Friday, January 6, 2017

7 Quick Takes 47: The Twelve Steps of Christmas

1. What do "Britain's stingiest woman" and an atheist 70s vintage junkie have in common with many writers in the C/catholic blogosphere? Answer: They've all been discussing cutting back on - or ignoring - Christmas altogether. Maybe it's just that I veer towards nonconformists, but it seems to me that more and more people are not just moaning about the commercialization of the season, but actually taking action about it.

My name is Susan, and I'm a recovering Christmasaholic.

2. Life in thrall to Christmas was tough. Beginning in November, I would hand write letters to add to dozens of cards. I made my husband risk life and limb - and use up his swearing quota for the year - cutting down and setting up the perfect tree. I hoarded Christmas paraphernalia, fearing the Yuletide equivalent of the zombie apocalypse. I proclaimed such a fervent belief in Father Christmas that my (post belief) daughters had to sit me down and explain how I traumatized them. I even once constructed a 10-foot swag of magnolia leaves, sprayed gold and pieced together one by one.

How did my reformation happen? Not my girls' intervention; I still believe in Father Christmas. No funny or momentous revelation, either. Just being overwhelmed, gradually coming to my senses - oh, and still being swept up on the tide of KonMari fervour :)

3. The slow demise of the Christmas card is a topic that really got me thinking. We used to cover three surfaces with all the cards we received. In the past couple of years, that's gone down to one. Probably most some of those people have struck us from their list, but many more are choosing to post a photo of their kids/dog/python under the tree on Facebook, wishing everyone Merry Christmas, and being done with it.

And I'm getting there. I've gradually scaled down from those letters to hand written notes in cards, plain cards, then photo cards with printed names, and this year's 7QT Christmas letter. My husband is trying to persuade me to give up sending cards altogether, but that's easy for him to say because he hasn't personally sent one in twenty years.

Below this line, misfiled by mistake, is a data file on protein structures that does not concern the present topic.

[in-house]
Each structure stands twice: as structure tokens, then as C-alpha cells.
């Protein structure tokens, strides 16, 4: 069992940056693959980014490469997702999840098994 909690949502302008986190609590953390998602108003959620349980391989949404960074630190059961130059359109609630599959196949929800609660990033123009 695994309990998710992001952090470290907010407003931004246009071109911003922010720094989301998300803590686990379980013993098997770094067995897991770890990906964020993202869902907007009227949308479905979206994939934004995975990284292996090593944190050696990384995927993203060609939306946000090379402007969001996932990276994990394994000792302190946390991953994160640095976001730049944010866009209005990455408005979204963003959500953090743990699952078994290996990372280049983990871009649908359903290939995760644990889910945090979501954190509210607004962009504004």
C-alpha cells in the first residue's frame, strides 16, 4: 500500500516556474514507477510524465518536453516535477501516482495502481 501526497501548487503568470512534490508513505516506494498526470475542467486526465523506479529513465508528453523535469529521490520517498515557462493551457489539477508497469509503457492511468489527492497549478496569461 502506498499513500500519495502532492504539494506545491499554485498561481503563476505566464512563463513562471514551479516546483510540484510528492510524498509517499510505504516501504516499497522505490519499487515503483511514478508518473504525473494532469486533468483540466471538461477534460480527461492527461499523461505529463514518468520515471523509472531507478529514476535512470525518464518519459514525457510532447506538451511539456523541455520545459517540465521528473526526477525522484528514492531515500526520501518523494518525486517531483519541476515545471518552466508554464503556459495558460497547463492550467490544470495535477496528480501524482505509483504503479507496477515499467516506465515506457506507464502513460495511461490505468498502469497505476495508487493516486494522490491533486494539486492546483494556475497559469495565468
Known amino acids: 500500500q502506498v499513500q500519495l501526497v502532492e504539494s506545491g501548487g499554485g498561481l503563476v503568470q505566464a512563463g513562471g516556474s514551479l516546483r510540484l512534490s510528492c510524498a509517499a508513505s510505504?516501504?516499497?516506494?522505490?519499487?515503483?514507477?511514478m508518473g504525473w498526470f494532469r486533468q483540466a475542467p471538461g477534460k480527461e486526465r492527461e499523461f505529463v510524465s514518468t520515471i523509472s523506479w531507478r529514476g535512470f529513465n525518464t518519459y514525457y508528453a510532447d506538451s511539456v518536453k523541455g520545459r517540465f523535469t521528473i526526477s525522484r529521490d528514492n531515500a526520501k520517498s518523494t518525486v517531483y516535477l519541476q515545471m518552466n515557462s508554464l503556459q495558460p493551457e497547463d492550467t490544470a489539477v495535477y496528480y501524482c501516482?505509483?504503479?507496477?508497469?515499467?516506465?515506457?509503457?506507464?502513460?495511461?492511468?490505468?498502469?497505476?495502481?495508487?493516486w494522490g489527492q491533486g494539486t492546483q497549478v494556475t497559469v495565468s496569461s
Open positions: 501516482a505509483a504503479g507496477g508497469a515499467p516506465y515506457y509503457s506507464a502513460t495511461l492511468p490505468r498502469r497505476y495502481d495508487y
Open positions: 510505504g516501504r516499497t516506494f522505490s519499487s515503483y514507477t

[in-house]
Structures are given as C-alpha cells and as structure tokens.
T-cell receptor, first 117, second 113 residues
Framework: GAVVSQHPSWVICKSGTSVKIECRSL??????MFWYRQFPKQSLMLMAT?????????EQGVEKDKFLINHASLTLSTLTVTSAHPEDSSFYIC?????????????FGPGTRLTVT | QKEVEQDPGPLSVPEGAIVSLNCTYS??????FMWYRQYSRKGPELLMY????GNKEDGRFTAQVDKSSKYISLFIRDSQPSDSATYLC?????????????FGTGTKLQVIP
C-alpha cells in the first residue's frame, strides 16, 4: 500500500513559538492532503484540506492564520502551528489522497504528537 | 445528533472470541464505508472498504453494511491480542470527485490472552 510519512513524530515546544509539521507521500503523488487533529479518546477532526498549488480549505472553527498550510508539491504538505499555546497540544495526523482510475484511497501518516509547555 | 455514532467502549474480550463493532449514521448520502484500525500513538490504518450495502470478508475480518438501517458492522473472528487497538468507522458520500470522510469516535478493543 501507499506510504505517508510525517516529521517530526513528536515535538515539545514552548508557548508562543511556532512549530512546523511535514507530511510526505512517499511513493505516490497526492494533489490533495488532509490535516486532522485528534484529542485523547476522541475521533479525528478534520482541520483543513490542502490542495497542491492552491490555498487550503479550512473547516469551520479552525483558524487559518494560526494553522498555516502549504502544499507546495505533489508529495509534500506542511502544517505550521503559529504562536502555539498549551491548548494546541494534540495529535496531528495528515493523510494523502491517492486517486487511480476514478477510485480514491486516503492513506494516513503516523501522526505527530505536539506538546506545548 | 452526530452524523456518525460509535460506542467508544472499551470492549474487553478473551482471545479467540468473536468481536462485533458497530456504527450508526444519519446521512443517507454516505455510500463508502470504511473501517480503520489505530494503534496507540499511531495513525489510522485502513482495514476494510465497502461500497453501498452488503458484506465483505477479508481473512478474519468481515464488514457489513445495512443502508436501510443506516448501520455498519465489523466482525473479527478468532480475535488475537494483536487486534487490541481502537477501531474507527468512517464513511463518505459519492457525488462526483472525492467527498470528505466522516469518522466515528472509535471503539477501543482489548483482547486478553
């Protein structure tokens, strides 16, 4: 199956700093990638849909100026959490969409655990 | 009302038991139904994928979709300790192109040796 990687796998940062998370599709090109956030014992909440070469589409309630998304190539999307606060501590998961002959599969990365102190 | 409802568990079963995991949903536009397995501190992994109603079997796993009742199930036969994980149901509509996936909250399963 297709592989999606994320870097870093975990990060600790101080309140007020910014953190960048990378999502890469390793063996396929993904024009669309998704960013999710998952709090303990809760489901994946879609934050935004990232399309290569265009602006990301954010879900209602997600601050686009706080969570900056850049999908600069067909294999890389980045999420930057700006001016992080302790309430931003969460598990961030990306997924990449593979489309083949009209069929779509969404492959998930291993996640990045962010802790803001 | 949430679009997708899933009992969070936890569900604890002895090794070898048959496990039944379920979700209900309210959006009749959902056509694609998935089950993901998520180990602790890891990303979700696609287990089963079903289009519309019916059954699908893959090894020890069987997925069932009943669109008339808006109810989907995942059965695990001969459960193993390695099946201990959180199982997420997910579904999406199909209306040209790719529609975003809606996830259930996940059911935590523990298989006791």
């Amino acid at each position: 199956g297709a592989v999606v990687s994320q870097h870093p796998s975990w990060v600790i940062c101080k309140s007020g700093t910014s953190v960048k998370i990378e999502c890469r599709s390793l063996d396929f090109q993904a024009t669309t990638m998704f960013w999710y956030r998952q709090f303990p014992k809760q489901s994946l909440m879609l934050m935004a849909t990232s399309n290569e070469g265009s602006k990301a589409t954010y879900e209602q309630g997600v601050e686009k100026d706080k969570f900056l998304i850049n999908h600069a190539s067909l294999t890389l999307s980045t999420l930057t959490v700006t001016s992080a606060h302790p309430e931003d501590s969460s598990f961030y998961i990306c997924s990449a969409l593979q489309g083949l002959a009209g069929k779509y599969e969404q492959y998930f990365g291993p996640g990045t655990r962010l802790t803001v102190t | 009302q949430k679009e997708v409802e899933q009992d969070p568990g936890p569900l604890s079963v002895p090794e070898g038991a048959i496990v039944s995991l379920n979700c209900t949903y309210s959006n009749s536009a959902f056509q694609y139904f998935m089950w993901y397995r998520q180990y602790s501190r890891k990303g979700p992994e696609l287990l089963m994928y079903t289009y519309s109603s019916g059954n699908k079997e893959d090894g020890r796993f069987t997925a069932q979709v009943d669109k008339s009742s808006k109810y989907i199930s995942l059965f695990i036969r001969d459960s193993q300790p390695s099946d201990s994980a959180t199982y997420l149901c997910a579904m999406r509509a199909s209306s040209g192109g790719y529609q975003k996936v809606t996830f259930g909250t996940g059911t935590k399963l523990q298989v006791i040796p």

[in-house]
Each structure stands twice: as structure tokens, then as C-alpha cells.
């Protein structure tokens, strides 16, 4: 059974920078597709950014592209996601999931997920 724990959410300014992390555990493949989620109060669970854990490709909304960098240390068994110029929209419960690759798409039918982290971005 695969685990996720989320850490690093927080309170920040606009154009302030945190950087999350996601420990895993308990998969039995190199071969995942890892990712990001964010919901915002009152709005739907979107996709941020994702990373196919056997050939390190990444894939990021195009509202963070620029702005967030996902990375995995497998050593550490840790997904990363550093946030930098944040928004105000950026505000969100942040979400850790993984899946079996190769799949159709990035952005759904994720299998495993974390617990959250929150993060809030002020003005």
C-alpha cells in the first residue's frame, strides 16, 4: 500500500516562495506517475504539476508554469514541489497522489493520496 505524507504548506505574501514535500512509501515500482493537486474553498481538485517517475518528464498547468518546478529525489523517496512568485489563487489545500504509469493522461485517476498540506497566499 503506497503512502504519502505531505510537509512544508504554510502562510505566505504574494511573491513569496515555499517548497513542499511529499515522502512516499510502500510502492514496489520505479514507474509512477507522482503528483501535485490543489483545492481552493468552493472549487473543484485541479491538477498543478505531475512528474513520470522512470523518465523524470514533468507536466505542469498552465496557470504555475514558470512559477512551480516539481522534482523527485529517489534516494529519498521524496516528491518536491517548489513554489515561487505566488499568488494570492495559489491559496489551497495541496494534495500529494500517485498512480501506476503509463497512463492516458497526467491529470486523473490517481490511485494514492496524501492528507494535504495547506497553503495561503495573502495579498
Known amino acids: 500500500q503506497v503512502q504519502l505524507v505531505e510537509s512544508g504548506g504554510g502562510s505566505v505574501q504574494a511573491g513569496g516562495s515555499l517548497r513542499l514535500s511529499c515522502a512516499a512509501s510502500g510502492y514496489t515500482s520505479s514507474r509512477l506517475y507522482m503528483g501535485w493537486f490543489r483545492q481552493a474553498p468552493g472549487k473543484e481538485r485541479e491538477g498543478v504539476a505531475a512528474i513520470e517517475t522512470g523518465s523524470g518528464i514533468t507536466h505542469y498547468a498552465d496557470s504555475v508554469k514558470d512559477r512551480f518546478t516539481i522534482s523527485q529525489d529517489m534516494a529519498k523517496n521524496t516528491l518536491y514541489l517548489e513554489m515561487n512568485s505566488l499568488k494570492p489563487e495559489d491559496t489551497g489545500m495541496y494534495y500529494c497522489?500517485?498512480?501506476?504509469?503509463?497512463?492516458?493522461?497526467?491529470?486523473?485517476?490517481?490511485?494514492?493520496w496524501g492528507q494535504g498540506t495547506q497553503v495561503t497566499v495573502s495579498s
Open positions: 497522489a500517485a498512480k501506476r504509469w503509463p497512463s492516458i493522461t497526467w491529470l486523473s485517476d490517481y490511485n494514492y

4. I didn't even put up all the decorations this year. We had a Saturnalia party for my daughter on the 17th, and festooned the entrance way with a banner and roman columns - and I just liked it too much to take it down straight away. After all, Saturnalia goes on for nine days, and I wouldn't want to offend Saturn. And when I finally did, I couldn't be bothered to mess with climbing on a ladder clutching handfuls of drawing pins (thumb tacks) to put up my Victorian Christmas friezes.

"What's wrong? I only had to knock over two ornaments to sit here."

5. This year, I'm also finishing the purge of my nutcracker ornaments. I had several, mostly gifts, that I dutifully displayed or hung on the tree because they're a Christmas icon, but the truth is I find them creepy. So they've gone off to the thrift store to give someone else nightmares.

Don't close your eyes...

6. The tree. We used to have a Christmas tree farm within walking distance of our house, and the girls and I enjoyed choosing and tagging a tree after Thanksgiving, then going back at the last possible moment to cut it (but not my husband - see above). Then the farm closed, and the nearest is thirty miles away and erratic in its opening times. In a zero waste fit, we started cutting down trees in our yard, which weren't always the prettiest, but the price was right. My brother tagged them "frankentrees". But after a sustained drought this year, we weren't even going to get to frankentree standard. Then a friend told us that the local DIY store were selling half price trees. I'd never bothered to try bargain hunting. From what I remembered, if you touched one of those trees with your little finger, all the needles would drop off. But genetic engineering has come a long way - those needles don't budge, even when the tree is dry as tinder. I ended up with a seven-foot Douglas fir for $20. Granted, it was rejected by everyone else in town, but after years of 'natural' trees, it looked top notch to us, and anyway, I'm an expert at hanging ornaments to fill and disguise gaps.

7. A recovering or frugal Christmas isn't complete without making do. I had a couple of fake taxidermy crows (half price, of course) that I'd got from a craft store for Halloween. I couldn't bear to banish them for Christmas, so I put some dollar store tinsel around their necks and hey-ho, Christmas crows (that was the thirteenth day of Christmas, of course). And one of them looks pretty good on the second tree. Yes, I said second. I have a tabletop tree to display my special ornaments, because I'm recovering, not recovered.




For more quick takes, fa-la-la-la-la over to Kelly's link up at This Ain't the Lyceum.

2 comments:

  1. I so empathsize Susan - I am THE GHOST OF CHRISTMAS IS PAST and took all the decorations down on New Years Day. As you can imagine I'm not very popular when everyone is suffering hangovers and I start up the Hoover.....effing pine needles.

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    1. The tree goes up close to Christmas Eve so that we can keep it up for the twelve days of Christmas without getting sick of it or being speared by dry pine needles :)

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